Director and CalArts alumnus James Mangold (Film/Video BFA 85) earned his first Oscar nomination yesterday for Writing (Adapted Screenplay) with Scott Frank and Michael Green for co-penning Logan, the final Wolverine film. The nomination came as a surprise for many, only because films based on comic books are rarely recognized by The Academy. The Hollywood Reporter noted that the film made history as the first superhero movie to ever be nominated in the category.
In a post-nomination interview yesterday with the Los Angeles Times, Mangold—director of films such as Walk the Line, Girl, Interrupted as well as Logan—discussed why he thought mainstream comic book films were finally getting their due:
First of all, I think that there are other filmmakers who have paved the way with their adaptations of comic books that may not have gotten recognition, but have kind of opened people’s minds of the possibility of risk and creative invention in that genre.
On this film, we really focused on doing something different: a dramatic and character-driven film rather than trying to compete in the arms race of comic-book films… “I can spend more than you, I can blow up more than you.” We wanted to make a film that operated on the character engine and emotion. I’ve been really gratified by the way fans have embraced the movie.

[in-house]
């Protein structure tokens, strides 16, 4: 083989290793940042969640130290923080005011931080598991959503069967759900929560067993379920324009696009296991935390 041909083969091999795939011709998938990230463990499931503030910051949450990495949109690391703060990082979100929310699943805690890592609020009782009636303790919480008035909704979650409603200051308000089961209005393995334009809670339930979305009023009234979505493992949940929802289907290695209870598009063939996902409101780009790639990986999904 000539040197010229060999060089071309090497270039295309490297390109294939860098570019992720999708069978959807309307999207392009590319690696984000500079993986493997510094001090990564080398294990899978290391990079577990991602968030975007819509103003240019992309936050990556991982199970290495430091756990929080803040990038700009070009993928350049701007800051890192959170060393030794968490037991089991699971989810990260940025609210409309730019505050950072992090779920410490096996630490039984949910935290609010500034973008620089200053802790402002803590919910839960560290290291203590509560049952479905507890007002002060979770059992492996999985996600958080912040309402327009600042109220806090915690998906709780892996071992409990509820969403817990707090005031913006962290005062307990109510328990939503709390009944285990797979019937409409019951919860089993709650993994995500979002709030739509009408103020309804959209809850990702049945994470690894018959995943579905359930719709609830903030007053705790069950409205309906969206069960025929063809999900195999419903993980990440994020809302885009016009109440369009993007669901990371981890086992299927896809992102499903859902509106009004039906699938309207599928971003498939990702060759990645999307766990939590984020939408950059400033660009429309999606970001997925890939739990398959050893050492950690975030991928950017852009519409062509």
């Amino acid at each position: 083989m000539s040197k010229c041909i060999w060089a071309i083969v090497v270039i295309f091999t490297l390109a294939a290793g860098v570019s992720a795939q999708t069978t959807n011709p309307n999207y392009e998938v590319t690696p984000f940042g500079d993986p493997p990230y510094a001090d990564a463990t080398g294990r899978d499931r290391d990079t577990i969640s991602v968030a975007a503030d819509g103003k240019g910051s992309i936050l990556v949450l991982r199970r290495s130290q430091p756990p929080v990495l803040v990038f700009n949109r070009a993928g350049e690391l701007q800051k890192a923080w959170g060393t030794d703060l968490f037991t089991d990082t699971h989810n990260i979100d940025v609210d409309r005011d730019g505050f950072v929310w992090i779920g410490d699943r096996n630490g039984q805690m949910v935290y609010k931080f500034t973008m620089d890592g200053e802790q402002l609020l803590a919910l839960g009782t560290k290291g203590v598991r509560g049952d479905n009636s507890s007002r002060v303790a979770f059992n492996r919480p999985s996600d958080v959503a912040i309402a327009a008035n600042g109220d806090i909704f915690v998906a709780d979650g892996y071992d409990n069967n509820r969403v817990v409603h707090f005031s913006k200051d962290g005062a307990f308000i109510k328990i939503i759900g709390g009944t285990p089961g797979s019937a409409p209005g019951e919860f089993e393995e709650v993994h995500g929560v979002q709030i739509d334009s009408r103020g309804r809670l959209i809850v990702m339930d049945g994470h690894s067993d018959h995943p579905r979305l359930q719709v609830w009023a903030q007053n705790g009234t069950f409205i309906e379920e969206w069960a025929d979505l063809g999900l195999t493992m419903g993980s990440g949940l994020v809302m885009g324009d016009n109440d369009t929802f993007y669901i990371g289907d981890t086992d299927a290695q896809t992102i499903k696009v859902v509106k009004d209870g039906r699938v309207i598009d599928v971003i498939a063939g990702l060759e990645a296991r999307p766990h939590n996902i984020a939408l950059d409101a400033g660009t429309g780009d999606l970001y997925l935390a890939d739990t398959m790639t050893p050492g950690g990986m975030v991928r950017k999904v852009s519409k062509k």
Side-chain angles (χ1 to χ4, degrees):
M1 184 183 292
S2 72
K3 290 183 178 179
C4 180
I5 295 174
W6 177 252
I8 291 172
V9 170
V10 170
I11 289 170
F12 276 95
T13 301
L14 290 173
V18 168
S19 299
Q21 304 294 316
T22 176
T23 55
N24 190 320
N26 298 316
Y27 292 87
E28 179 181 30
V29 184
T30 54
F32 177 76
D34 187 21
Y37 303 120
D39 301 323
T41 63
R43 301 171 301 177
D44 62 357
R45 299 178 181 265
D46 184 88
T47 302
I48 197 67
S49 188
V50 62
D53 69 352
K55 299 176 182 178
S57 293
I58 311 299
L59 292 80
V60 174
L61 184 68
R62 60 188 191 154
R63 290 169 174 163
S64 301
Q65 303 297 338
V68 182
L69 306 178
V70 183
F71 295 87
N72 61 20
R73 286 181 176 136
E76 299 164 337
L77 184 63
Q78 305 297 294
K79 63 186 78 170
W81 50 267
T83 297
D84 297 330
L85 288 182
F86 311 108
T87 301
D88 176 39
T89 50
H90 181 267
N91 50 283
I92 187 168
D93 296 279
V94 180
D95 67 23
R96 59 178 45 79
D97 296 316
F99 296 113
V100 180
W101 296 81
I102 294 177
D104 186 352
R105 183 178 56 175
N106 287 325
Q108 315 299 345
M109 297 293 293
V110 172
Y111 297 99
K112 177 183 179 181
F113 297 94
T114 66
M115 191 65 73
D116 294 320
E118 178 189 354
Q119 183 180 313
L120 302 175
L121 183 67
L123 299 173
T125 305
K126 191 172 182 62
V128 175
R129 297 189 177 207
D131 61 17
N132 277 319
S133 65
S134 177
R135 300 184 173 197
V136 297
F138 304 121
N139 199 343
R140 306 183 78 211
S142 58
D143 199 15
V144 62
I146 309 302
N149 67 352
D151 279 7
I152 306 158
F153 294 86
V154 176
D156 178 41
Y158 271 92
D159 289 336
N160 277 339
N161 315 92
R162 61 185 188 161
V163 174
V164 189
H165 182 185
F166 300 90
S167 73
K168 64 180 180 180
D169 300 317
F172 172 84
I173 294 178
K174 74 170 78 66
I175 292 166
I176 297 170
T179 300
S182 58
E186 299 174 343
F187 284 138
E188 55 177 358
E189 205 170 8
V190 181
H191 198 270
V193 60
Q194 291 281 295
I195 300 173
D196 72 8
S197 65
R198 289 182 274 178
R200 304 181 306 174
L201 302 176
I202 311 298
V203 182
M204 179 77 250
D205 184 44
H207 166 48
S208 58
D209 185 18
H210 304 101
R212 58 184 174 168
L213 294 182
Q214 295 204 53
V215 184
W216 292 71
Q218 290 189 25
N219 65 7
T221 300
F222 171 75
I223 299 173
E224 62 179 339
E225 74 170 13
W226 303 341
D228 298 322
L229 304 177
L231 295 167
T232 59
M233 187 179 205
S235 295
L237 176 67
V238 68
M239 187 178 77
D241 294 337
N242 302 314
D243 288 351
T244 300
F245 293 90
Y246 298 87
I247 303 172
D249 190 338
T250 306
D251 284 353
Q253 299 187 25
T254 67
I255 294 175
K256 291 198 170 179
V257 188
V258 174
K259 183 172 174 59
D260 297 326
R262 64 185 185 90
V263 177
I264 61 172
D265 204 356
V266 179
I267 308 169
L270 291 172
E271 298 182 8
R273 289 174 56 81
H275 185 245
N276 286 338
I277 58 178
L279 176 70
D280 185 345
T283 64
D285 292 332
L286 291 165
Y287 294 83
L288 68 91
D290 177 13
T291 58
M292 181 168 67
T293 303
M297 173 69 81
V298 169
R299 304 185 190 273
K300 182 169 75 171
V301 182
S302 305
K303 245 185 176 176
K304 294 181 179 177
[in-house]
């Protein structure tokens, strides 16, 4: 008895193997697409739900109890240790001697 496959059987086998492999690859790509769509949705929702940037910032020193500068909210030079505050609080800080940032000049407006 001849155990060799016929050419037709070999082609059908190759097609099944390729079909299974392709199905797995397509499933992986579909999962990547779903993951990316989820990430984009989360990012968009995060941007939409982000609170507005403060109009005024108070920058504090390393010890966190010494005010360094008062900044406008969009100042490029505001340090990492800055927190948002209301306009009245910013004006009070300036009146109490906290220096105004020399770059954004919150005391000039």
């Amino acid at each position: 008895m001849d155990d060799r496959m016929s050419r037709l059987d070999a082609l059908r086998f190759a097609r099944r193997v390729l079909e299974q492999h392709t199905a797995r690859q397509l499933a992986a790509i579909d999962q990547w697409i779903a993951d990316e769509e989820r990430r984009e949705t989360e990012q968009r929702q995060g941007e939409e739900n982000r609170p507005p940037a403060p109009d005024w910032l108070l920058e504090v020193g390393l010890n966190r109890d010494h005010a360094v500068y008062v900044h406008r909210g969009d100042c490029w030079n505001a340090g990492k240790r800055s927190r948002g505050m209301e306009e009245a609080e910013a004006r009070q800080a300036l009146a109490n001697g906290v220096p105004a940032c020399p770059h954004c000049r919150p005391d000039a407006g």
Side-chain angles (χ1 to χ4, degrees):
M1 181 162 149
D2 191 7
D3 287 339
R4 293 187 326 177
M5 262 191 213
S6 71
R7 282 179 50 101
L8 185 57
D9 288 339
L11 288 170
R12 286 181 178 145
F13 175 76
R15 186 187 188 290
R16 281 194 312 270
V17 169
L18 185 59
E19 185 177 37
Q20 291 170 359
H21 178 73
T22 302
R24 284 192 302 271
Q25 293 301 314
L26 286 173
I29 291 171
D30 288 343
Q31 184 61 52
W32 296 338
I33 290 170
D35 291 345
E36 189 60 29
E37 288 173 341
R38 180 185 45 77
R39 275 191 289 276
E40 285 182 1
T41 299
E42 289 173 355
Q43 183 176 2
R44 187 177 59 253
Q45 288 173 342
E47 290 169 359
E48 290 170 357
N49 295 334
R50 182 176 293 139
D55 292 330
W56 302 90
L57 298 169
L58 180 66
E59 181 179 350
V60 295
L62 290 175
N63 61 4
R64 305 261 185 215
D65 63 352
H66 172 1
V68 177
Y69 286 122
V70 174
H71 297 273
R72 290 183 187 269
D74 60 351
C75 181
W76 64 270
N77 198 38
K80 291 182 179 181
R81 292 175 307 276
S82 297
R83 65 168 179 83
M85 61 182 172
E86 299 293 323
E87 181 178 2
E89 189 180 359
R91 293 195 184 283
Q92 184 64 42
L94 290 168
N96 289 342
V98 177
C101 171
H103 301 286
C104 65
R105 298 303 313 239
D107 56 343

In Variety last November, Mangold credited his CalArts mentor, director Alexander Mackendrick (The Ladykillers), who stressed character development and story more than anything else. Mangold was asked about the advice Mackendrick offered him as a student. This was his response:
I was his teaching assistant for two years. In my third year, he wanted me to transfer to the acting school. He said the problem for most filmmakers is that they focused on the equipment, on the technical aspects of making a movie — but they were lost when it came to blocking, acting and working out the story with actors. He thought the actual act of telling a story in front of a camera was the greatest challenge for young filmmakers. I think it still is. Sandy believed you didn’t need more than what Orson Welles had in terms of technology, and it’s really about what you’re putting in front of the camera that determines the quality of the film. To some directors, the crane shot and the digital-vs-film arguments and the prime-vs.-zoom lens athleticism are more attractive than the nuts and bolts of “How do I make an emotionally arresting scene that moves you?”
The film and script for Logan, based on Mangold’s story, has been widely praised for its emphasis on the interpersonal relationships between Hugh Jackman’s Logan and his frail mentor, Professor X (Patrick Stewart), and between Logan and his daughter (Dafne Keen).
When the Academy Awards are handed out on March 4, movie and comic book fans alike will see if Logan can make film history (again).
Related blog post: James Mangold: On Communication Rules, Storytelling and Biopics